Perhaps my ennui can be attributed to spinster novel fatigue? I have read quite a few recently, and have to say that May Sinclair's Life and Death of Harriett Frean attempts a similar type of novel rather more (for me) successfully. The public debate about unmarried women between the world wars (covered fascinatingly in a chapter of Nicola Beauman's A Very Great Profession, and less fascinatingly in Virginia Nicholson's Singled Out) was loud and often angry; the 1920s novels dealing with this issue were written at a time when the issue was contentious, as well as potentially tragic. Maybe I've just read too many, now?
Perhaps I found The Rector's Daughter too earnest? I have often noted that novels others love sometimes fail with me if they are very earnest. It kills a narrative. And certainly there appeared to be very little humour in Mayor's novel... at least in the first half. I was surprised, in the second half, to come across moments which would be at home in Jane Austen or E.M. Delafield's lighter work. This passage was brilliant - it's from Miss Davey, a character (looking back) whom I remember nothing else about:
"Who can that be coming down the road? Why, it's the pretty little girl with the dark curls we saw yesterday when the Canon took me out a little walk - your dear father. Oh no, it's not; now she comes nearer I see it's not the little girl with the dark curls. My sight isn't quite as good as it was. No, she has red hair and spectacles. Dear me, what a plain little thing. Did you say she would be calling for the milk, dear? Or is this the little one you say helps Cook? Oh no, not that one, only ten; no, she would be rather young. Yes, what the girls are coming to. You say you don't find a difficulty. Mrs. Barkham - my new lodgings; I told you about her, poor thing, she suffers so from neuralgia - she says the girls now - fancy her last girl wearing a pendant when she was waiting. Just a very plain brooch, no one would say a word against, costing half-a-crown or two shillings. I've given one myself to a servant many a time. Oh, that dear little robin - Mary, you must look - or is it a thrush? There, it's gone. You've missed it. Perhaps we could see it out of the other window. Thank you, dear; if I could have your arm. Oh, I didn't see the footstool. No, thank you, I didn't hurt myself in the least; only that was my rheumatic elbow."Had I simply missed this sort of thing at the beginning, or did Mayor alter the tone? I'm not suggesting that all novels ought to be comic novels, but without a slightly ironic eye, or dark humour, or even a slight reflective smile, I am rather lost. This came too late in The Rector's Daughter - or at least I missed it. Hilary wrote in her review at Vulpes Libris that "There is no distancing irony or humour – its serious tone is relentless." I didn't find it quite relentless, but otherwise I agree with this sentence (although Hilary, as you'll see at the bottom, was overall more positive about the novel.) I admire good comic writers so much more than I admire good poignant writers - it is so much more difficult to be comic - but maybe that is simply horses for courses.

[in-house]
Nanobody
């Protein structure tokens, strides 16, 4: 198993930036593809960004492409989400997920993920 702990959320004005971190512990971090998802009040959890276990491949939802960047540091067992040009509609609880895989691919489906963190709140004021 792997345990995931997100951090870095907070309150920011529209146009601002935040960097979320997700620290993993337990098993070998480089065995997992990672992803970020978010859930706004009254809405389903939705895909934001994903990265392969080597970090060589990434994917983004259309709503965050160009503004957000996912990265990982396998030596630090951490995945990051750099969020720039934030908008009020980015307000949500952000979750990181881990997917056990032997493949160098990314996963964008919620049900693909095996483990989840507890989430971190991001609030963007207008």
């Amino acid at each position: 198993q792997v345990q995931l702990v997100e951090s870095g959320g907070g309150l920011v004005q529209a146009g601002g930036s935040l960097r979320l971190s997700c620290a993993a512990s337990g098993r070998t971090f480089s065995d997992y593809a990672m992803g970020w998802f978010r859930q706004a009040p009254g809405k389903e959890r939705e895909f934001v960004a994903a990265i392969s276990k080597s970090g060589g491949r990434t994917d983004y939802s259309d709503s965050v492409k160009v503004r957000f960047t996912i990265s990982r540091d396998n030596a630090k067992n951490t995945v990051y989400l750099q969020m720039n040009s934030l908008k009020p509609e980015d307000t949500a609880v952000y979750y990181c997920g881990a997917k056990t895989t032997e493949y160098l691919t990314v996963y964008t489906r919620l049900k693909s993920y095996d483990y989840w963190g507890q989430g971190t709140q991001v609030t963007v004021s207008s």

However, as I finish a lukewarm review of The Rector's Daughter, I am chastened by the memory of my initial response to Mollie Panter-Downes's One Fine Day. Who knows, perhaps a re-read of The Rector's Daughter would give me an equally enthusiastic second impression?
Others who got Stuck into this Book:
"This is such a brilliant book, worthy of being a classic, really, in that it so perfectly encapsulates how limited unmarried women’s lives could be before the advent of feminism" - Rachel, Book Snob
"The novel is minutely observed; there is beautiful detail about each day and the East Anglian countryside, so that although time passes in the book very slowly, it is wonderfully described." - Verity, Verity's Virago Venture
"This is a novel about how hard it is to understand other people, and how many misunderstandings and even tragedies arise from it." - Harriet, Harriet Devine's Blog
"I wouldn’t have missed it, and I do recommend it. I can understand why this novel is regarded as a hidden gem." - Hilary, Vulpes Libres